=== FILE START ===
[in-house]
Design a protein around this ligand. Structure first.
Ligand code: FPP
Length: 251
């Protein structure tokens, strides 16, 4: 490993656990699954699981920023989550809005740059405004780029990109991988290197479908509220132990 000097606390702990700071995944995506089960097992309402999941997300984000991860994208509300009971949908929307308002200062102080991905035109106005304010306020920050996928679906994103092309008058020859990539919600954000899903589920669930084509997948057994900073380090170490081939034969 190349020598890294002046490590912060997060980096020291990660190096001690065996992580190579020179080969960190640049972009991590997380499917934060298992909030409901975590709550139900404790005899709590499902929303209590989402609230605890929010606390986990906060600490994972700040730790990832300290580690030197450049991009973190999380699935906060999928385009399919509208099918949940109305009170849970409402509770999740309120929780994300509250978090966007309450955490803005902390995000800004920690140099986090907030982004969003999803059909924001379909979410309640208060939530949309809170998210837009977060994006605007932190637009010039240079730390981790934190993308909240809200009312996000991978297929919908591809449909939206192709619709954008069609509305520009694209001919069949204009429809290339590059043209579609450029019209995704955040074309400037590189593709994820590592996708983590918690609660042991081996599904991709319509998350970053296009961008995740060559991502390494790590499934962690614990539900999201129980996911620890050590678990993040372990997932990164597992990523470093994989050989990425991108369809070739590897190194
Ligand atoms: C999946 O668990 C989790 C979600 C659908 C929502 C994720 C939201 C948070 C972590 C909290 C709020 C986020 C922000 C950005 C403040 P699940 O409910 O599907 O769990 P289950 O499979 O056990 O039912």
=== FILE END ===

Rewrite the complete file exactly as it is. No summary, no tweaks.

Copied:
[in-house]
Design a protein around this ligand. Structure first.
Ligand code: FPP
Length: 251
């Protein structure tokens, strides 16, 4: 490993656990699954699981920023989550809005740059405004780029990109991988290197479908509220132990 000097606390702990700071995944995506089960097992309402999941997300984000991860994208509300009971949908929307308002200062102080991905035109106005304010306020920050996928679906994103092309008058020859990539919600954000899903589920669930084509997948057994900073380090170490081939034969 190349020598890294002046490590912060997060980096020291990660190096001690065996992580190579020179080969960190640049972009991590997380499917934060298992909030409901975590709550139900404790005899709590499902929303209590989402609230605890929010606390986990906060600490994972700040730790990832300290580690030197450049991009973190999380699935906060999928385009399919509208099918949940109305009170849970409402509770999740309120929780994300509250978090966007309450955490803005902390995000800004920690140099986090907030982004969003999803059909924001379909979410309640208060939530949309809170998210837009977060994006605007932190637009010039240079730390981790934190993308909240809200009312996000991978297929919908591809449909939206192709619709954008069609509305520009694209001919069949204009429809290339590059043209579609450029019209995704955040074309400037590189593709994820590592996708983590918690609660042991081996599904991709319509998350970053296009961008995740060559991502390494790590499934962690614990539900999201129980996911620890050590678990993040372990997932990164597992990523470093994989050989990425991108369809070739590897190194
Ligand atoms: C999946 O668990 C989790 C979600 C659908 C929502 C994720 C939201 C948070 C972590 C909290 C709020 C986020 C922000 C950005 C403040 P699940 O409910 O599907 O769990 P289950 O499979 O056990 O039912």